Run by superstar DJ/production duo Modeselektor, Monkeytown is a repository for all things rave, bass-heavy and experimental. This can ranges from Moderat—Modeselektor’s arena-filling collaboration with their friend Sascha “Apparat” Ring, who’ve been described as the German Chemical Brothers and have just released a live album—to high energy young trio Fjaak, about to release their debut album for the label.
You can almost hear the music the first time you see the record artwork: the photos and witty-but-delicate charcoal sketches radiate a contemplative aesthetic. And, sure enough, the instrumental pieces on the few releases so far take you into a space where the intellect can relax and ponder. This is the Berlin of riverside cafes where you can spend all day with a book, rather than the Berlin of pounding basements, but it is very much Berlin nonetheless.
A label that exemplifies the Bohemian experimentation that happens on the outskirts of the techno world, ALBUMLABEL is particularly good at getting unusual, but highly focused, album projects out of established producers. So, in 2015 they got fearsomely noisy techno/electro mainstay T.Raumschmiere to make a gorgeous ambient album, and last year they unearthed, mastered and released an extraordinary digital dub record which Berlin trooper Daniel Meteo had recorded with Michigan don Tadd Mullinix (aka Dabrye, James T. Cotton etc) back in 2007.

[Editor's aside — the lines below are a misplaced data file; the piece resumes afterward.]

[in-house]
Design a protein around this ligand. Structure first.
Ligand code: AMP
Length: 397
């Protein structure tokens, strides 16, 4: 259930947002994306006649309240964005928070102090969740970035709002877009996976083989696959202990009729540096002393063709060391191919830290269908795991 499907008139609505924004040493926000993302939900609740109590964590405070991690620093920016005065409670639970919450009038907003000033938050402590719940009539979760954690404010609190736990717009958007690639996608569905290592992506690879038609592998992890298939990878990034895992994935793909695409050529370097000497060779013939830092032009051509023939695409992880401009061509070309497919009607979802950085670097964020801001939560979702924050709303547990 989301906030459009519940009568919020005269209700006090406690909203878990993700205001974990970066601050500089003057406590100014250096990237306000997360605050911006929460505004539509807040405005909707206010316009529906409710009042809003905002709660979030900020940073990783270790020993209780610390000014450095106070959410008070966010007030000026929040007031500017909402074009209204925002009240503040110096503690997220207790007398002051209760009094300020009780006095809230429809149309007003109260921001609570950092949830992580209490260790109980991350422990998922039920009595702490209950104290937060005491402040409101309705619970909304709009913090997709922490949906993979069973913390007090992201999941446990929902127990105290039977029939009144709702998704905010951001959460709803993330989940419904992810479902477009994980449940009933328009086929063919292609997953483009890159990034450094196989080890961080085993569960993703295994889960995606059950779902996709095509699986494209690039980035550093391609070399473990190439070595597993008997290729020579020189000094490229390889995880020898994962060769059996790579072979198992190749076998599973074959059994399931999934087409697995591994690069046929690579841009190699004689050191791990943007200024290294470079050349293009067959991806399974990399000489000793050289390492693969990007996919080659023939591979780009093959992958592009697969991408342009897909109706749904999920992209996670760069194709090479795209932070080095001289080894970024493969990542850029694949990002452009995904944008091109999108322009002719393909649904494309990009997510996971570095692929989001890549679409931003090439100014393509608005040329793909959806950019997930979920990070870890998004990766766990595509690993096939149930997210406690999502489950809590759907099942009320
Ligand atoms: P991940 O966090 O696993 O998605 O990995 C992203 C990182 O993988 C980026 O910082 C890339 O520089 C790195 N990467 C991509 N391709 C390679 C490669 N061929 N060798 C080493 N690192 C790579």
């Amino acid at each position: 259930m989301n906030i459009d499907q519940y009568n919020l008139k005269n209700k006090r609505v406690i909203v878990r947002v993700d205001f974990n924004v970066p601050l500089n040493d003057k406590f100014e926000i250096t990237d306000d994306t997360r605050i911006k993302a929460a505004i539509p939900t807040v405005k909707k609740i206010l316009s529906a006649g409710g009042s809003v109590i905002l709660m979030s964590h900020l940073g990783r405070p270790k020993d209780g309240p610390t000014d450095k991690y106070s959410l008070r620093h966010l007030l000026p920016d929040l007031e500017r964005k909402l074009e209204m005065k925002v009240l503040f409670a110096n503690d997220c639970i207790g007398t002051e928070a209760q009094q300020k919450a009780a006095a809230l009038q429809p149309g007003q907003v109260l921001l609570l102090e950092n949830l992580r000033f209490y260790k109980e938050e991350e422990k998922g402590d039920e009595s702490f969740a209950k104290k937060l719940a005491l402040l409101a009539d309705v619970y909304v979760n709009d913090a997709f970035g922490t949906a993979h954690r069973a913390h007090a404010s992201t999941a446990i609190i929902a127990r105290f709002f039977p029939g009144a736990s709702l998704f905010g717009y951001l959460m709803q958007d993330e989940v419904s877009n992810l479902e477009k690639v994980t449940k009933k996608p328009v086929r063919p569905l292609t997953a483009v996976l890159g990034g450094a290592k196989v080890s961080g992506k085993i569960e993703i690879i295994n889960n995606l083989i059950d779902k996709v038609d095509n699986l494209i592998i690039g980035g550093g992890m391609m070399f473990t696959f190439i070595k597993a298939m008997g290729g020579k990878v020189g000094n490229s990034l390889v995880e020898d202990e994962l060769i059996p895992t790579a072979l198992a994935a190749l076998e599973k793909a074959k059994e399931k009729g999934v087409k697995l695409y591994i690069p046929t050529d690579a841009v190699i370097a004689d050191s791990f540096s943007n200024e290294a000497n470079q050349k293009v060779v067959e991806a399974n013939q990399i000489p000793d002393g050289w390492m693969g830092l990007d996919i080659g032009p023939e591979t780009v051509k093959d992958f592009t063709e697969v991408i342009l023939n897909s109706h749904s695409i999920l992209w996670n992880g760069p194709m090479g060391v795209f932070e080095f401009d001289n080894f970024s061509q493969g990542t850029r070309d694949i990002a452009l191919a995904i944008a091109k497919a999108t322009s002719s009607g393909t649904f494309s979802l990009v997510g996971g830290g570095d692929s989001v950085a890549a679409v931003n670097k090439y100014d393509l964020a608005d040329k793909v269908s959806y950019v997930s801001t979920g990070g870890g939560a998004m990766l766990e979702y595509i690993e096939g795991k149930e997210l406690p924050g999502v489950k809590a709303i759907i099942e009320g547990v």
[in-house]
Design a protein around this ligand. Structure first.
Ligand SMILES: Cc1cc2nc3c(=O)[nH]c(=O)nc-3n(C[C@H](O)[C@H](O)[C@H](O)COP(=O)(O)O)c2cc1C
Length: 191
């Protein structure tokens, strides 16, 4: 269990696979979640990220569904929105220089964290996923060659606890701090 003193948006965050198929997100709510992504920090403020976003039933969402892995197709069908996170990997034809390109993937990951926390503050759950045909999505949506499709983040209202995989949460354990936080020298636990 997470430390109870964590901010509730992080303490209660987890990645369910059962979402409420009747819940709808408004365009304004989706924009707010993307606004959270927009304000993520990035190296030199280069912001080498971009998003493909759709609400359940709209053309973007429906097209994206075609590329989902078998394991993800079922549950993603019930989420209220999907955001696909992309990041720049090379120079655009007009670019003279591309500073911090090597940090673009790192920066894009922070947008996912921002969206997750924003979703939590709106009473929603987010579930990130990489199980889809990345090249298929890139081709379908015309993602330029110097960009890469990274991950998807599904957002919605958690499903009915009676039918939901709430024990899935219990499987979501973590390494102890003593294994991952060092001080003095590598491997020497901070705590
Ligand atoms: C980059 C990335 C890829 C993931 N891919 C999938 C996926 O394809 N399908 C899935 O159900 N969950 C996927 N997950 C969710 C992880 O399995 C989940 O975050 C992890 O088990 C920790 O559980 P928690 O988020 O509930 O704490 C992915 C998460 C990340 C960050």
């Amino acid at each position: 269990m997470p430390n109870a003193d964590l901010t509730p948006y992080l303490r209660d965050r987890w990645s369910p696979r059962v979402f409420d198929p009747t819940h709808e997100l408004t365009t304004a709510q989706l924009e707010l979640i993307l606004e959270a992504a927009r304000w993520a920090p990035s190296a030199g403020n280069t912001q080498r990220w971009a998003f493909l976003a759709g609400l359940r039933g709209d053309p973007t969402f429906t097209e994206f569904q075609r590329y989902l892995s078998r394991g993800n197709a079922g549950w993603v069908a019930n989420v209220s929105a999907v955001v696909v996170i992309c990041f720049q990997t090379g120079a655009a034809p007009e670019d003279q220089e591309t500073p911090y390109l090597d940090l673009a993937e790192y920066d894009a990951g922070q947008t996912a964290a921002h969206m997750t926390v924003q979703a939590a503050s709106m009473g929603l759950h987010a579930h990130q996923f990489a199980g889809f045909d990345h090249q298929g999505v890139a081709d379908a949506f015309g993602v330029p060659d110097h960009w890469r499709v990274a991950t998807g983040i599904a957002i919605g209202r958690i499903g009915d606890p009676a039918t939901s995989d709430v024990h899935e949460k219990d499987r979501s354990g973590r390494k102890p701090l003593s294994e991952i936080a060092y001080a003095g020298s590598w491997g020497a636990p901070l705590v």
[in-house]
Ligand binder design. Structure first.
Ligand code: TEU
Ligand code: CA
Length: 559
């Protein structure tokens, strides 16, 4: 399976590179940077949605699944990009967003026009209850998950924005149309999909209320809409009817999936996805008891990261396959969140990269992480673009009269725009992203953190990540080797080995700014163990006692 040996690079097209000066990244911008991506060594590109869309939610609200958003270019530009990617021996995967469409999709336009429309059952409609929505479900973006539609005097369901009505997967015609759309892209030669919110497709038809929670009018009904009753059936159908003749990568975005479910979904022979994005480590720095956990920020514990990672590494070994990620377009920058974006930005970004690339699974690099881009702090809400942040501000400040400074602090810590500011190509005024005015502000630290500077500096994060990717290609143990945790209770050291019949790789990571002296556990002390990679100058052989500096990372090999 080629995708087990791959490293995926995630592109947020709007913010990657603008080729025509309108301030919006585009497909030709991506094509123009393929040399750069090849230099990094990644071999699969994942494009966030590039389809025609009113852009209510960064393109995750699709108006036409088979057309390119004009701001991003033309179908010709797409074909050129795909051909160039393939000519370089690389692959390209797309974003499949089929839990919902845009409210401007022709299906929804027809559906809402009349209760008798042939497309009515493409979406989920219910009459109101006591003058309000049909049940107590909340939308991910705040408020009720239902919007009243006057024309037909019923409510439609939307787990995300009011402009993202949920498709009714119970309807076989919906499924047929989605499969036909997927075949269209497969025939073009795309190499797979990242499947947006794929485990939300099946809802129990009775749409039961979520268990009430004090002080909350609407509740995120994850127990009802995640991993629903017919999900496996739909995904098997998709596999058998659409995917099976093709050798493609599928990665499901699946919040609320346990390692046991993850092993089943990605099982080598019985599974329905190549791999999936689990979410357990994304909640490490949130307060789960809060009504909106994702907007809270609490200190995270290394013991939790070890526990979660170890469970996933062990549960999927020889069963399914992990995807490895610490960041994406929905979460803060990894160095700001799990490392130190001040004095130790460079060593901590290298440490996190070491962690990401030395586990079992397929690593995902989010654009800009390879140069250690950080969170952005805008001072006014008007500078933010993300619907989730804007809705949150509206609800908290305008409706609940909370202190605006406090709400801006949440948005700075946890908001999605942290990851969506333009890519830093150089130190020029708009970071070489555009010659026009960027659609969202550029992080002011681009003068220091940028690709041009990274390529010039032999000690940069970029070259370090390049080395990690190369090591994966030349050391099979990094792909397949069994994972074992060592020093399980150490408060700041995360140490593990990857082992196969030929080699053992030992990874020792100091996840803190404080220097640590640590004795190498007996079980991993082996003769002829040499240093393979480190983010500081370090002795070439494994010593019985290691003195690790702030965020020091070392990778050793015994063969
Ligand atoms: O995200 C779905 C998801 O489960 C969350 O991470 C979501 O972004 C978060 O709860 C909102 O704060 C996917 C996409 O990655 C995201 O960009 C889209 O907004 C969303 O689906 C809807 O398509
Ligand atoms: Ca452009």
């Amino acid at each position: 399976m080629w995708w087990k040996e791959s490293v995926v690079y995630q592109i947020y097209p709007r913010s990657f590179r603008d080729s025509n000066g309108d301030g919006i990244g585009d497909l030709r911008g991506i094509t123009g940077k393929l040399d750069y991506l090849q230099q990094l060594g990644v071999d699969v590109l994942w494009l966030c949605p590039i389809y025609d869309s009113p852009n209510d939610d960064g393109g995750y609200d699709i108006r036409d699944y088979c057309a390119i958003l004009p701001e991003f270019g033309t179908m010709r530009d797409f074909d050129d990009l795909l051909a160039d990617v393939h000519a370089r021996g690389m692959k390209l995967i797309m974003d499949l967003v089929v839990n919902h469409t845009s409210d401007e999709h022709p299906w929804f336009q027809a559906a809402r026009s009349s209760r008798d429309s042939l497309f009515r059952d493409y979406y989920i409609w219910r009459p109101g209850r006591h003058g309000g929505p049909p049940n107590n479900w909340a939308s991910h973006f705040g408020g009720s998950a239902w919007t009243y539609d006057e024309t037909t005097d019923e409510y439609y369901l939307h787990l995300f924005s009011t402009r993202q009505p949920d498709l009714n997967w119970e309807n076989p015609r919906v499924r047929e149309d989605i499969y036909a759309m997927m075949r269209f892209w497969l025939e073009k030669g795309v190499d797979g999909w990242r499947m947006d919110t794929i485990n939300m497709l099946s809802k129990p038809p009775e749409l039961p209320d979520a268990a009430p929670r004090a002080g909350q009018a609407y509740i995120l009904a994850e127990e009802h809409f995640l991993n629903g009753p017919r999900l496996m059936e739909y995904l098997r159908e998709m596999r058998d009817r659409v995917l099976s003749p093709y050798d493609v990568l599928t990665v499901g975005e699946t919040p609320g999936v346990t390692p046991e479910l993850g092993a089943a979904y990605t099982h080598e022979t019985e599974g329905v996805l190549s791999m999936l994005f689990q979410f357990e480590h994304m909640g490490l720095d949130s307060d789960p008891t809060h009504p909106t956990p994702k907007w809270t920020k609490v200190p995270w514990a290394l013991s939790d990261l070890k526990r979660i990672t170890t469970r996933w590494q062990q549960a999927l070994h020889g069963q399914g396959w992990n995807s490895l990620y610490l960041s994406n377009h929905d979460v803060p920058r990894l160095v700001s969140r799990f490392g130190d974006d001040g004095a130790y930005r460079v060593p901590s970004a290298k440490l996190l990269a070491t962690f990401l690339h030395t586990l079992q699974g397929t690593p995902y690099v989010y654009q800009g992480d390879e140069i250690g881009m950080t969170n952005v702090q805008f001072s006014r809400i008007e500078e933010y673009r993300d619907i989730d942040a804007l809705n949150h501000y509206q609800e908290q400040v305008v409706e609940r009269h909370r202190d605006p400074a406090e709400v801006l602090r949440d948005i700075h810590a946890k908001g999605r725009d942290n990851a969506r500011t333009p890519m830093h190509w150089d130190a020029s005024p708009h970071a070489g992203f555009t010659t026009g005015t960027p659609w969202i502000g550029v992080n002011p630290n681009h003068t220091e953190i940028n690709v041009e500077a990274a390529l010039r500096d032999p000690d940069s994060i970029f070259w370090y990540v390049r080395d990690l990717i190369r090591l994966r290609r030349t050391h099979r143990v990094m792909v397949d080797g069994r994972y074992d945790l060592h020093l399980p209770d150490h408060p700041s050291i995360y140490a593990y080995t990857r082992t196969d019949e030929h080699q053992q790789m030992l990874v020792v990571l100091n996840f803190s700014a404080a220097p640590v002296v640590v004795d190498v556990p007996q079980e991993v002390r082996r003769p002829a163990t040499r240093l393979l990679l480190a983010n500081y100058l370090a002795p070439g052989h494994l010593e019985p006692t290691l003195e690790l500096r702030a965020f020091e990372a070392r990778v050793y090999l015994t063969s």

Originally from Düsseldorf, German dubstep pioneer Orson Sieverding naturally gravitated to Berlin, where he now runs his VERSION label and events. Of all German bass musicians, he has the closest of ties to the very beginnings of the dubstep scene and sound in the London FWD>> and DMZ clubs, and recently had godfather of dubstep Benny Ill remix a couple of his tracks for the label. The VERSION sound is an absolutely impeccable fusion of that original UK bass with Berlin’s techno pulse, frequently with steady four-to-the-floor rhythms, but with enough of the dubstep half-step to stop it all getting too rigid.
Another label that exemplifies the diversity of Berlin’s left-field artists, Shitkatapult has an absolutely extraordinary catalogue built up since the late ’90s that is worth just diving into and immersing yourself in—wherever you look you will find gems, from the most ear-scraping noises to the most deliciously pleasure-centred. 2016 notably saw another cerebral yet funky album from internationalist techno pioneer Cristian Vogel, but they also put out an extraordinarily intense and oddly beautiful ambient album by Shurbbn!!—aka Schieres and label boss T.Raumschmiere.